2019 Tesla Model 3 Standard Plus review (video)

Finally, from the bold brand of Tesla, the Model 3 has landed on Australian soil. With a waiting list that dated back to March 2016, the US-built, premium mid-size all-electric car is here. But in that time, many other EVs have become available on the market. So, does Tesla still have enough innovative individuality to maintain the hype? Let’s take a spin to find out.

Tesla likes to be secretive on specs of its cars, but we know that there are three models to choose from: The Standard Range Plus, the Long Range, and the Performance. The Standard Range Plus uses a single electric motor (rear-wheel drive) and will travel about 460km before needing a recharge. The Long Range has two electric motors (all-wheel drive), and can travel 620km. Then the Performance model boasts a 560km range but offers a claimed 0-100km/h run of just 3.4 seconds (separate review of that coming soon).

In Australia prices begin at $67,900 for the Standard Range Plus that we’re reviewing here. If you need that greater range or desire more power, prices rise to $90,014 for the Long Range, and from $99,124 for the Performance model (plus on-road costs). At the time of writing, Tesla’s website indicates delivery within a month of order.

2019 Tesla Model 3 Standard Plus – THE SPECS

Battery capacity: 62kWh
Output: 211kW rear axle electric motor
Transmission: Single-speed auto
Drive type: Rear-wheel drive
Wheels: F & R: 18×8.5, 235/45
ANCAP: Five stars
Tare weight: 1609kg
Power-to-weight: 7.62:1 (kg:kW)
Official range (NEDC): 460km

0-60km/h: 3.03 seconds*
0-100km/h: 5.63 seconds*
60-110km/h: 3.47 seconds*
1/8 mile: 9.20 seconds at 134.6km/h*
1/4 mile: 13.99 seconds at 166.4km/h*
Max acceleration: 1.245g
100-0km/h braking: 2.85 seconds at 37.71 metres*
Max deceleration: -1.375g
Priced from: $67,900

* Figures as tested by PerformanceDrive on the day. Factory claims may be different

2019 Tesla Model 3 Standard Plus – THE PACKAGE

The difference with the Tesla Model 3 compared to other EVs now on the market is that even if you take away the all-electric aspect of the car, it is still so different. Almost everything is operated by the gigantic 15-inch centre touch-screen which can be operated by voice command. Even the air flow direction and glove box access are controlled by this screen. Minimalistic and futuristic seems to be the theme – there are no buttons, no instrument cluster, and no gear selector on the centre console. Even the doors can be opened by the screen.

Being electric does not mean the interior space is compromised. Maybe the fact that there are no buttons or dials sprouting out at you makes legroom, headroom, and rear seat room feel bigger than the average mid-size sedan. In fact, the rear boot space combined with the front boot is officially rated at 542 litres. This is more than the Audi A4 (480L), BMW 3 Series (480L) and Mercedes-Benz C-Class (455L) sedan rivals.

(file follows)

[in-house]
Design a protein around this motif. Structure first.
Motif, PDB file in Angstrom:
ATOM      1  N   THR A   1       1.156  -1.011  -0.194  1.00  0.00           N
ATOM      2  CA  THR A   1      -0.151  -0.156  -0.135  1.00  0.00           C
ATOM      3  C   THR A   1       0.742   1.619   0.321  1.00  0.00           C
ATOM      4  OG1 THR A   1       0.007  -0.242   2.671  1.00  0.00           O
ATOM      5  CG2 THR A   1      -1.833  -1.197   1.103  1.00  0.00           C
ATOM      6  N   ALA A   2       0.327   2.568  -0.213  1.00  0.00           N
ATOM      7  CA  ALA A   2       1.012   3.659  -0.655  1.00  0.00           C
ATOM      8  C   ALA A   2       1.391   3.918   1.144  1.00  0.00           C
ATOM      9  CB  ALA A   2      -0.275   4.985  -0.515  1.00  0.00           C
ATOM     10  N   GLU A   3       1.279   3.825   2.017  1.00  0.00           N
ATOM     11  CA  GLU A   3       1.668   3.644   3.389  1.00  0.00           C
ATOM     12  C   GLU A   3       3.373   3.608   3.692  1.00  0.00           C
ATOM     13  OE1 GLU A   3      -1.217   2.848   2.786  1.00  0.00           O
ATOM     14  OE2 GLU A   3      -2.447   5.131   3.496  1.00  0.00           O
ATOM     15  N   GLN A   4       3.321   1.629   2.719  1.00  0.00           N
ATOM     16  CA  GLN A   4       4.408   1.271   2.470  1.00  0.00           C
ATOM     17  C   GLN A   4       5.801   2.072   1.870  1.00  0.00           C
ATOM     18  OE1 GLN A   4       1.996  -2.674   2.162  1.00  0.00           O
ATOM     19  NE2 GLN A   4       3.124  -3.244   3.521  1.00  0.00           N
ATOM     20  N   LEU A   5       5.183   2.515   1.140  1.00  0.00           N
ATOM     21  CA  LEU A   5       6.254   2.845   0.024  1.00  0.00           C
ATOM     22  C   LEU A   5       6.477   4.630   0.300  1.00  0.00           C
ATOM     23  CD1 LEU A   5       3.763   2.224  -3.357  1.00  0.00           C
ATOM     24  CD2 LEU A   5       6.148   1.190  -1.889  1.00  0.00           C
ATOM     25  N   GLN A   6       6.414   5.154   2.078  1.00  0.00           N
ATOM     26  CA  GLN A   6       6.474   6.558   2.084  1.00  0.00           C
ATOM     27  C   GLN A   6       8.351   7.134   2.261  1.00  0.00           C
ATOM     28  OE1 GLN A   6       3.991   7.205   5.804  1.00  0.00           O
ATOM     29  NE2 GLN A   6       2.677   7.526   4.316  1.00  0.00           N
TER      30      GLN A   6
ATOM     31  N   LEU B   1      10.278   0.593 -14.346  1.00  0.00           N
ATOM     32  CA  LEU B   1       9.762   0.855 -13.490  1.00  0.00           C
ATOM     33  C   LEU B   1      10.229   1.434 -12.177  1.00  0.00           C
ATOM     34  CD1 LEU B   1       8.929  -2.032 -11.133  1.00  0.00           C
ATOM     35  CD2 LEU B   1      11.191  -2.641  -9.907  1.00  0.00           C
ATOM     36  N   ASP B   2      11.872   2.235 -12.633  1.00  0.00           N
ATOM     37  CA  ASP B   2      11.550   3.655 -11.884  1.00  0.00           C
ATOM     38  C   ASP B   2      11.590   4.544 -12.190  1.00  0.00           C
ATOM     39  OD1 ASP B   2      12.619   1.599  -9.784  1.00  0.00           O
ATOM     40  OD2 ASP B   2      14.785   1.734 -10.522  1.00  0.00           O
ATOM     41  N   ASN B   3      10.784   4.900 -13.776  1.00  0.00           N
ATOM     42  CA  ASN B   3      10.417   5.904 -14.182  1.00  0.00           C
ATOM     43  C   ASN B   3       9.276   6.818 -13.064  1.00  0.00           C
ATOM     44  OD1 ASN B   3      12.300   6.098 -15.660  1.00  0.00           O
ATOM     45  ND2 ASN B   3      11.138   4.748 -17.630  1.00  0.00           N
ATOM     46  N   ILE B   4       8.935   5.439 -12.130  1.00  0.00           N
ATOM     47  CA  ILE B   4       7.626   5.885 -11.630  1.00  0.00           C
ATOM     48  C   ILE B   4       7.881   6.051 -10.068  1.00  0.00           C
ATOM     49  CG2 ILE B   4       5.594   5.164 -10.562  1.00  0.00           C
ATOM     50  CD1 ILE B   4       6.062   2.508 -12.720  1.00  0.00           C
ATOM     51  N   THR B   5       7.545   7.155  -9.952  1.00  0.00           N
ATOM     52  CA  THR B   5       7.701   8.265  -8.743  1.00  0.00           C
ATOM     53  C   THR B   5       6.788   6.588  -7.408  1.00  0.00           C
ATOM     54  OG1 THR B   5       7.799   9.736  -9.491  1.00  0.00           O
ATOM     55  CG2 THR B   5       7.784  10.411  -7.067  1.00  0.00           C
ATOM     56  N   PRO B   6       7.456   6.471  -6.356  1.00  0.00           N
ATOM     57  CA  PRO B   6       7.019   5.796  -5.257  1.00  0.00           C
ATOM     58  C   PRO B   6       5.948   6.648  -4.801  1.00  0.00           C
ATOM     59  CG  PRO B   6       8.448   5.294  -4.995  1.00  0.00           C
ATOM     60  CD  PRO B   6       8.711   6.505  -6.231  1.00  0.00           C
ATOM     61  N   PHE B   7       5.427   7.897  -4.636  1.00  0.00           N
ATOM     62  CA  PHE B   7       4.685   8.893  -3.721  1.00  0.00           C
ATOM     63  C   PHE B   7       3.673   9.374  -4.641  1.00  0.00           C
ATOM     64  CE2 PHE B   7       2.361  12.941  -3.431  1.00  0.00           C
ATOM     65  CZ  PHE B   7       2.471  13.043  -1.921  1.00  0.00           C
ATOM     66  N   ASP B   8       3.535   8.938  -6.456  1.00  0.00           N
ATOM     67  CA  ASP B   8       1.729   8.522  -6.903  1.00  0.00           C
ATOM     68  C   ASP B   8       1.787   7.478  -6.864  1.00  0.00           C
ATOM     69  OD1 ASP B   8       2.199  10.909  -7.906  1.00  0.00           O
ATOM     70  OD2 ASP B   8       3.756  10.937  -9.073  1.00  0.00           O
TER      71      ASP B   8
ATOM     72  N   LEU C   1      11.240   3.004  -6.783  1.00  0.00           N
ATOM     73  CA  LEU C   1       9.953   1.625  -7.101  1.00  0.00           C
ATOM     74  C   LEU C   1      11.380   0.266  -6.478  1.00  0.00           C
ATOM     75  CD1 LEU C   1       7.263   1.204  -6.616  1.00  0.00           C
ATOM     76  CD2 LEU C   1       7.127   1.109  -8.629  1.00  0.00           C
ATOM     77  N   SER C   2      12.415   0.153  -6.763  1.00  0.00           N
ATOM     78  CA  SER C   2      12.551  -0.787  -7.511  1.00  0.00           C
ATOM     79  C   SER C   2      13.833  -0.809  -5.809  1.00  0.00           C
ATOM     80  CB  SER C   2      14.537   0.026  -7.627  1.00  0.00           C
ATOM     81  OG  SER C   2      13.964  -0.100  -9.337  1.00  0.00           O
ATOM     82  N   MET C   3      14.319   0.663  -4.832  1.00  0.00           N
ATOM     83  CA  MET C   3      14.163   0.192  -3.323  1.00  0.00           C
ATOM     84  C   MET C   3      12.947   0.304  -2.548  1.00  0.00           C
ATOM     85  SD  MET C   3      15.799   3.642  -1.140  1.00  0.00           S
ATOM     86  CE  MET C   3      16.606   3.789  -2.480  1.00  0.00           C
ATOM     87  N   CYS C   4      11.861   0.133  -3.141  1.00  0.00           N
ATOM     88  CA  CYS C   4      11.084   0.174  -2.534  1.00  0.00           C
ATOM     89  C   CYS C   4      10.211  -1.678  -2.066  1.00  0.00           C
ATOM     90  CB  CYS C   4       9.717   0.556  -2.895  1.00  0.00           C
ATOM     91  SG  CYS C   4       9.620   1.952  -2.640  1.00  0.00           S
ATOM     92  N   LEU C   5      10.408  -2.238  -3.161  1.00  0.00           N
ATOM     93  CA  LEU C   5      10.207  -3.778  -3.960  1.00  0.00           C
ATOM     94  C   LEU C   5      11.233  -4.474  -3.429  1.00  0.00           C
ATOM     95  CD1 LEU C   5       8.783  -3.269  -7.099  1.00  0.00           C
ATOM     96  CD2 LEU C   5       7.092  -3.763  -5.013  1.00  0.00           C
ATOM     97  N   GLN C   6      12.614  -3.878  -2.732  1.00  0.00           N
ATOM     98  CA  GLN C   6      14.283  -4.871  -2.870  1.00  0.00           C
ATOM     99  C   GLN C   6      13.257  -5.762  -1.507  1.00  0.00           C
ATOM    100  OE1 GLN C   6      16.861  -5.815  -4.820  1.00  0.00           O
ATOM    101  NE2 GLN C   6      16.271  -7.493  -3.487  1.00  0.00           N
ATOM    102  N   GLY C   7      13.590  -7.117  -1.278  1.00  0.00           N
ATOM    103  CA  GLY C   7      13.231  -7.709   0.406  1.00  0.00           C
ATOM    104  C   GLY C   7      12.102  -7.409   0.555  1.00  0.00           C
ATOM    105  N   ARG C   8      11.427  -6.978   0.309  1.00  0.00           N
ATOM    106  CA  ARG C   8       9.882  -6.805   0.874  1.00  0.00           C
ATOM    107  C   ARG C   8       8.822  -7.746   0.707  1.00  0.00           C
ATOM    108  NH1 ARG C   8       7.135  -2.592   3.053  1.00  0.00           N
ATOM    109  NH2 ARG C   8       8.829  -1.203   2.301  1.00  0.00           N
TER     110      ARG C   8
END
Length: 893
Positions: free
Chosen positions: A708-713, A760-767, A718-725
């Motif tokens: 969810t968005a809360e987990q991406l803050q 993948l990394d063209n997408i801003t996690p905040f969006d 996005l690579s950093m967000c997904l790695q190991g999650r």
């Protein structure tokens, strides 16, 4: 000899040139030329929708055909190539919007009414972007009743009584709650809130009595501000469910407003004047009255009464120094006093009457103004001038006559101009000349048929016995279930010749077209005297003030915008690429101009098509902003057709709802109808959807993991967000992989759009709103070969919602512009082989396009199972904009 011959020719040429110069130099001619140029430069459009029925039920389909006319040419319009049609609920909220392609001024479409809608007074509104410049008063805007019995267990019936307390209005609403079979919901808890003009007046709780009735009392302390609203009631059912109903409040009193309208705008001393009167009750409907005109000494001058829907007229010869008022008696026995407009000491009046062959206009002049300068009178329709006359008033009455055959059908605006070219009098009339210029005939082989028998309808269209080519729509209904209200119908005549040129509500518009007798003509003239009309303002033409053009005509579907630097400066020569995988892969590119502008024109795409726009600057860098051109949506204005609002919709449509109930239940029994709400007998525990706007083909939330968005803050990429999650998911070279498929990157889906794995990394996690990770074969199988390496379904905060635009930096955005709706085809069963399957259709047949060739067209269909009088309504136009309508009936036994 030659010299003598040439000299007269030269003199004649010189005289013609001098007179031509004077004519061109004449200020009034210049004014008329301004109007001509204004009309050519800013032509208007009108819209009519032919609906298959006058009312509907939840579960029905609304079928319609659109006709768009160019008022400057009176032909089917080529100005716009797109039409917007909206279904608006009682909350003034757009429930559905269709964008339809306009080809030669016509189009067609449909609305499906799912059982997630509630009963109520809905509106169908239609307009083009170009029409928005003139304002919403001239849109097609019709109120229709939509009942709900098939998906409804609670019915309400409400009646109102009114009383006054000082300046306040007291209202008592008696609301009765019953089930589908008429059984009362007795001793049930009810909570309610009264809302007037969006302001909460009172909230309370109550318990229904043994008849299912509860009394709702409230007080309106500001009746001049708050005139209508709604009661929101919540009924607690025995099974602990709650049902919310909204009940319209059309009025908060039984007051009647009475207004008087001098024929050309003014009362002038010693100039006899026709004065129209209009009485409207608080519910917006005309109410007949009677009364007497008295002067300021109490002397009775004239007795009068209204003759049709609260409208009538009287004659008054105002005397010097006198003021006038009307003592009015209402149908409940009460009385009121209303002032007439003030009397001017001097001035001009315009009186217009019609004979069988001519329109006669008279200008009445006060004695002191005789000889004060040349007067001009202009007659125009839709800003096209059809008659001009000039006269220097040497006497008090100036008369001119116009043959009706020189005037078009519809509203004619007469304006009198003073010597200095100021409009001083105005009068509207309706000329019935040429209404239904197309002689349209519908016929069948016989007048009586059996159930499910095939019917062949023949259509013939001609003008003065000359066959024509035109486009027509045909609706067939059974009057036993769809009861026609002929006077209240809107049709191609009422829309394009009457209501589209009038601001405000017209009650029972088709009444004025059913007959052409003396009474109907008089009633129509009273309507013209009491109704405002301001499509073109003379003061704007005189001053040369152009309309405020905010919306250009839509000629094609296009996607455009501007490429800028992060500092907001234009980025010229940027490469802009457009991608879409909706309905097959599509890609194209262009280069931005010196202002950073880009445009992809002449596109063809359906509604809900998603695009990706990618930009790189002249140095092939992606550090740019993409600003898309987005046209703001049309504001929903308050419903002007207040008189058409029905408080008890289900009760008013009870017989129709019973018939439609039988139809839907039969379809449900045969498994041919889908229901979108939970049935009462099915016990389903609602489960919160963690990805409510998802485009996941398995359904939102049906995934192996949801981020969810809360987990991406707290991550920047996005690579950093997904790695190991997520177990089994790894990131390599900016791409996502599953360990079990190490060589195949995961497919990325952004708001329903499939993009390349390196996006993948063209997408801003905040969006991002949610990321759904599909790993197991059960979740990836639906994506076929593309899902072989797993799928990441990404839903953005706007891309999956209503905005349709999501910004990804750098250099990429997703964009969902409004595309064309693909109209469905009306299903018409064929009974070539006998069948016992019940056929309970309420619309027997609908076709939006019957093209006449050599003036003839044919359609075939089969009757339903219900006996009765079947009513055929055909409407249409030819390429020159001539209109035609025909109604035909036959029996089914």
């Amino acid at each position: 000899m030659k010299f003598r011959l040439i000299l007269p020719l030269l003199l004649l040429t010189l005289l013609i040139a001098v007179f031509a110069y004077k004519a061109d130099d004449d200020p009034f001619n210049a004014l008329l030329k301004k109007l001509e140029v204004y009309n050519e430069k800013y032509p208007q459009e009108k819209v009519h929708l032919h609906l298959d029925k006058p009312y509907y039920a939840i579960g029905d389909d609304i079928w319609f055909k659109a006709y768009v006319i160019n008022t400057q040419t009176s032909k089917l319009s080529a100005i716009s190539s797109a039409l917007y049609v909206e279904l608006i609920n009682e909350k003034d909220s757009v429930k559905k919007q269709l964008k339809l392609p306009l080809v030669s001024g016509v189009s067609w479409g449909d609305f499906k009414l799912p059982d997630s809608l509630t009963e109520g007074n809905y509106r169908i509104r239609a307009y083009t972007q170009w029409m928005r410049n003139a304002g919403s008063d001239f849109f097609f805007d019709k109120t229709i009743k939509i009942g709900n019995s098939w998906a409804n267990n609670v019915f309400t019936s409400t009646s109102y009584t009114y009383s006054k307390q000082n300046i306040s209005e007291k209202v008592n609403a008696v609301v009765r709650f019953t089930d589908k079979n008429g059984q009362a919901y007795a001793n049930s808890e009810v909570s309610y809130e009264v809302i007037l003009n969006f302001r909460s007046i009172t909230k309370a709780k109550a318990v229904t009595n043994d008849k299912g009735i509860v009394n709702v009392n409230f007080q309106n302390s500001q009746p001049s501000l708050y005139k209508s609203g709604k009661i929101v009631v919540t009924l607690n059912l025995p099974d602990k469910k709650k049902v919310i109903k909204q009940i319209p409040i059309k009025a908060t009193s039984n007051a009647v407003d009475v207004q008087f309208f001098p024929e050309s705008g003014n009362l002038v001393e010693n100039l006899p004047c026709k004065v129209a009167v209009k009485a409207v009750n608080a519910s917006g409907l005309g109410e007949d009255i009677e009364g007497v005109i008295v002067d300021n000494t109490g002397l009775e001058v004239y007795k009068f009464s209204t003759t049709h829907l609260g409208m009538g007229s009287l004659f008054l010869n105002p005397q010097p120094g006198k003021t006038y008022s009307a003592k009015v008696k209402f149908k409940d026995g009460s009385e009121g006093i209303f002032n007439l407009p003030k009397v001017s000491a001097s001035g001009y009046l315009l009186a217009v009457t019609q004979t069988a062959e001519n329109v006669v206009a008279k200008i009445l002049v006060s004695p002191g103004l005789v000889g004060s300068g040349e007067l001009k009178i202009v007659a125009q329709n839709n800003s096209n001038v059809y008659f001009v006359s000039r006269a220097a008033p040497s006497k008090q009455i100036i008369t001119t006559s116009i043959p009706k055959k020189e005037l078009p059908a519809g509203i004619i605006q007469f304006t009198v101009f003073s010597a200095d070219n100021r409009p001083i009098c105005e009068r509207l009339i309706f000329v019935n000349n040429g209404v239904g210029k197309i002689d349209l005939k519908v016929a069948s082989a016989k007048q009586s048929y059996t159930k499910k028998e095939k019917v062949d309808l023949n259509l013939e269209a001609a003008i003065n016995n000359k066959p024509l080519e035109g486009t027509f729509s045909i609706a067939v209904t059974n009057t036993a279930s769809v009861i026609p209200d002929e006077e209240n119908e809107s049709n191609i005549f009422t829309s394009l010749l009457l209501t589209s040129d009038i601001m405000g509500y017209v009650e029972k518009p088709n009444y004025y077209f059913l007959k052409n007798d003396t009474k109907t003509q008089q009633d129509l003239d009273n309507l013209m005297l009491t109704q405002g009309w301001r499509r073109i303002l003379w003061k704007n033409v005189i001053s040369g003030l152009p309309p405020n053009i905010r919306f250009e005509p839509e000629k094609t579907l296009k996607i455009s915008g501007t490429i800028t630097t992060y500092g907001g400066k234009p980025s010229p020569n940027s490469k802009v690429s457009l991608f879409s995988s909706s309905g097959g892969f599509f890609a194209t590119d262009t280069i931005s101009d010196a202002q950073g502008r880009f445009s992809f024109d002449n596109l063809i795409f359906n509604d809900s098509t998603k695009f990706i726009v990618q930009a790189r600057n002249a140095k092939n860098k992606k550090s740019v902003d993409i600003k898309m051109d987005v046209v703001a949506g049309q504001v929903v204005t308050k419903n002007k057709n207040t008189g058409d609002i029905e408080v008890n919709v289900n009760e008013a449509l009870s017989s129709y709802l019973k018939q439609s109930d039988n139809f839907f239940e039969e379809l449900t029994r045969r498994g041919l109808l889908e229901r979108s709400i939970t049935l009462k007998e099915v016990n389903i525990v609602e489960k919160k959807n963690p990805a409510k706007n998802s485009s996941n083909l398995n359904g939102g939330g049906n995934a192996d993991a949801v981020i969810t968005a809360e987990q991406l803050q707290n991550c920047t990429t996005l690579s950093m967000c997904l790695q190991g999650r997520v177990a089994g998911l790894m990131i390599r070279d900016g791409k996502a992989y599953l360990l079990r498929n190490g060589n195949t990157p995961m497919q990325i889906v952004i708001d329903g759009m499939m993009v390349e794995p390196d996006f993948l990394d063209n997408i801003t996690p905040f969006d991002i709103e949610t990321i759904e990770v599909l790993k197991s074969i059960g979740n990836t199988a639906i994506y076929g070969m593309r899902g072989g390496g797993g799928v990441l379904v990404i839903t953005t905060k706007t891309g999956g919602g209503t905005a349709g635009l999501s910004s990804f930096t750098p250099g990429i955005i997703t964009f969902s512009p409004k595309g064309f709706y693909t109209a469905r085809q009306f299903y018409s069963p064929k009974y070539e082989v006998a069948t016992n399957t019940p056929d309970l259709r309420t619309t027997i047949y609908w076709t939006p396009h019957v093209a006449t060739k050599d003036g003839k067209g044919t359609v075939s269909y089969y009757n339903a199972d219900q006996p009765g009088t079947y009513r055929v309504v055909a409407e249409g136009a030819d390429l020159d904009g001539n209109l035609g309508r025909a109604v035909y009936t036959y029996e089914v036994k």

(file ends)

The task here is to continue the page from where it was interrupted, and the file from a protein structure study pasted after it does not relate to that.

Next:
The exterior design is also minimal, non-flared, rounded and smooth. It adopts most of the same design elements from the bigger Tesla Model S. There is no front grille, and the smooth aero-style wheels help with efficiency and to give it a futuristic look.

Inside, the materials used feel premium and clean. But it can seem a little too clean. When do we mean? It’s very bare and almost sterile. Like sitting in a hospital waiting room. A private hospital waiting room.

Comfort-wise, the Model 3 is a nice place to be. The seats are soft and supportive, with all of the electronic adjustments you would expect. Even the steering wheel is power-adjustable – of course, by using the centre command screen. Gears are selected via the right-hand steering column stalk, like an old-fashion column shifter.

We did notice this test car had some minor rattles coming from the dash when driving, and some of the exterior panel gaps are noticeably larger than the established combustion-powered rivals. We think this might have something to do with Tesla still being a relatively new car manufacturer and still building its manufacturing experience.

All Model 3 variants are generously packaged and come with a beautiful sound system. But it’s a secret how many speakers are offered. Internet connectivity can be made by the centre screen via a paired device or SIM card, which allows you to control aspects of the car remotely via the Tesla phone app. You can do things like unlock and lock, and turn on the air-con without being near the car.

You also get dual-zone climate control, distance-controlled cruise control, daytime running LED lamps, leather seats, a tinted glass roof, auto-dipping high beam and active cornering headlights, blind-spot sensors with passive lane departure assist, forward collision mitigation, and front, rear and side parking cameras.

The Standard Range Plus misses out on digital radio, and you need to pay extra to get the full self-driving Autopilot capability that is not available until later this year.

Elon Musk couldn’t resist showing his quirky side, as there are some peculiar ‘Easter egg’ features built into the big screen. For example, you can make the indicator sound like a fart; you can turn your car into Santa’s giant sleigh in the picture within the screen; and you can play games when the car is stationary.

2019 Tesla Model 3 Standard Plus – THE DRIVE